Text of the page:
Monday, August 29, 2011

Around 8% of computer programmers are black

Half Sigma writes:
As far as I know, no employer of computer programmers has ever been sued for discrimination, even though there are no black people working in programming. OK, that’s a lie, there was one black computer programmer. But he was not a typical black man, he was actually a black Hispanic; he was born somewhere in Central America and moved here when he was a young child.
He's obviously exaggerating to make a point, but having a very good friend who is a systems and network administrator, I've heard stories from a frustrated narrator about more than a handful of incompetent black programmers who this friend "knows" to be beneficiaries of affirmative action policies (though because he cannot specifically identify these policies, he refers to the process as one of "soft" affirmative action). So I was skeptical about the claim that there are virtually no blacks in the programming profession.

Using ISCO88 occupational classifications, the GSS reveals the following racial distribution among computer programmers (n = 144):

White -- 75.6%
Black -- 8.1%
Other -- 16.3% (most of whom are Chinese or Indian; breaking the numbers down by ancestry, 7.6% of all programmers are of Chinese descent and another 8.2% are of Indian descent, for a Chinese-Indian combined total of 15.8%. Tangentially, none are of Mexican ancestry.)

Seems like the threat of sex discrimination charges would be a greater worry for employers of programmers than complaints about racial discrimination would be, as 71.6% of GSS programmer respondents are men (and the GSS slightly over-samples women).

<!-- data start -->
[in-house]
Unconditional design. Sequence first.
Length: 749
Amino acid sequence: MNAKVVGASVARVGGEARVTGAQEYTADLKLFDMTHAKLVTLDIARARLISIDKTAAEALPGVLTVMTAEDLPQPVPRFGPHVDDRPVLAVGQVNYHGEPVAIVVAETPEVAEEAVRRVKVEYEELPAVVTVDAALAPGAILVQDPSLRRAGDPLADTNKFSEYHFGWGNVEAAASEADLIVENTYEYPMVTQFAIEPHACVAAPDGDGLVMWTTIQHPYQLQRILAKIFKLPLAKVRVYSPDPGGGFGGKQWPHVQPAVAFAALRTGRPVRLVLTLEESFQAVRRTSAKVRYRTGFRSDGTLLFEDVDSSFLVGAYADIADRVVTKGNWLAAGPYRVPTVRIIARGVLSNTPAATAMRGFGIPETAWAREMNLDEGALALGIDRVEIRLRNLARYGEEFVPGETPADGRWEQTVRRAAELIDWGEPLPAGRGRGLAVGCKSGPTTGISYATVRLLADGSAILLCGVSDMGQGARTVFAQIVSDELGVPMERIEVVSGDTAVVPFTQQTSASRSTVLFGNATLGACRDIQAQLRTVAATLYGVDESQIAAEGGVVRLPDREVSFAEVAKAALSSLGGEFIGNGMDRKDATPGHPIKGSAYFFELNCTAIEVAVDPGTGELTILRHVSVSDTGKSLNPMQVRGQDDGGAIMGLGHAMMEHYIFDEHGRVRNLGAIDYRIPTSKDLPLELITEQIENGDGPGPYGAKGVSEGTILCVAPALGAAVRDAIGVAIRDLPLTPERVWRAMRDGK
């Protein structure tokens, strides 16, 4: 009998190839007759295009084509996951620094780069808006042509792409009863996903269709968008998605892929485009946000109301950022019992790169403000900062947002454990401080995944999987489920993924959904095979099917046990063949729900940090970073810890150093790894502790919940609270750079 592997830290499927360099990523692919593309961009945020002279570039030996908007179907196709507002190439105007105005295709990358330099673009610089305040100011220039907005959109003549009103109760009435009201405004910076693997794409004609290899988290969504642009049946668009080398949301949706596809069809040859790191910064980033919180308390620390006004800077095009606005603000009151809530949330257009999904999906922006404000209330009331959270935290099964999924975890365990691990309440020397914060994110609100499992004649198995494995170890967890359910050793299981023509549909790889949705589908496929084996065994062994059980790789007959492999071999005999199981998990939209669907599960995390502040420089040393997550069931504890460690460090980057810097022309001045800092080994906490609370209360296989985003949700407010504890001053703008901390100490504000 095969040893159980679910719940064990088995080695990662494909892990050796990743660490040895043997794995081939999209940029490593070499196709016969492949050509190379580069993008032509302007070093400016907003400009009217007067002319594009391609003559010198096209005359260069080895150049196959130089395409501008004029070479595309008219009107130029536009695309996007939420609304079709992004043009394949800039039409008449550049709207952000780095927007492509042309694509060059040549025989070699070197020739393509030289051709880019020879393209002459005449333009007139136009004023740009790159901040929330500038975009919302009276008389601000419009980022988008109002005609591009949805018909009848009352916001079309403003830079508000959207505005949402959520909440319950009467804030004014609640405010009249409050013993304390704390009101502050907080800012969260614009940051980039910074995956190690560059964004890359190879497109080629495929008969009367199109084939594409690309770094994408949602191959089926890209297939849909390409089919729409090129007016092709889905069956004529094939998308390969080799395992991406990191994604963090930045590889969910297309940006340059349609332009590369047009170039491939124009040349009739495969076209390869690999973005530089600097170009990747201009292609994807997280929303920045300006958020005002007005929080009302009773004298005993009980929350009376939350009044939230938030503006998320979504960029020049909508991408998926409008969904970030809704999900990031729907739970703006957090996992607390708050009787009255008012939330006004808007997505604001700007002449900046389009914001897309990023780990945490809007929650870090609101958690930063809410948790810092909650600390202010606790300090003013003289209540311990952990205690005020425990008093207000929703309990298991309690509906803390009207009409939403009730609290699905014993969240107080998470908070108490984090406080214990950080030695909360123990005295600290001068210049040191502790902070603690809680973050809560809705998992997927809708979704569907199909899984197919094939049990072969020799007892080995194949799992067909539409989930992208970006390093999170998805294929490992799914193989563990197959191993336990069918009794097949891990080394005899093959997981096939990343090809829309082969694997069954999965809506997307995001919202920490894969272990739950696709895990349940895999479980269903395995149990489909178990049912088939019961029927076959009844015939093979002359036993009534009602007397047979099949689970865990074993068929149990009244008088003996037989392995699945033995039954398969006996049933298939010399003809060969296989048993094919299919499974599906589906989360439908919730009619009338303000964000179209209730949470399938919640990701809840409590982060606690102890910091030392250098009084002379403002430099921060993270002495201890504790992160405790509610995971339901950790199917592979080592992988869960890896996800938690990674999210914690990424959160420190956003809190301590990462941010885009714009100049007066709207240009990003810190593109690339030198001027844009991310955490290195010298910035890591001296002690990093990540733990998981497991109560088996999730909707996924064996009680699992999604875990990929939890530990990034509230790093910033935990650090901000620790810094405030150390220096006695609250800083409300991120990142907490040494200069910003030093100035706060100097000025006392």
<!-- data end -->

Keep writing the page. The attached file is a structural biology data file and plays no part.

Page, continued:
GSS variables used: RACE, ISCO88(2132), ETHNIC, SEX


13 comments:

Ed Tom Kowalsky said...

Would it be unfriendly to suggest that in the absence of so-called "affirmative" action, the percentage of black programmers would be cut approximately in half?

Son of Brock Landers said...

what is the racial % breakdown by private vs. public sector for programmers?

Audacious Epigone said...

Ed,

Don't strive to be tactful, strive to be truthful!

Son of BL,

The GSS doesn't provide that information.

Ed Tom Kowalsky said...

AE,

In most precincts today, even broaching the topic if affirmative action's insertion of irrationality into the hiring market is not merely tactless, it is grounds for punishment!

Anonymous said...

I know one black guy working in a startup, and he is good (real good). I have met a few other (2-3) in high-tech companies, although one is now in management, and they seemed good.

I suspect that the incompetent get weeded out of those companies that depend on their coders.

I think the numbers are lower than 8% in private industry. I would say no higher than about 3%.

Anonymous said...

I'd guess 70% are in the public sector, where blacks are disproportionately employed precisely because profits, losses, efficiency, and dead-weight are of little consequence.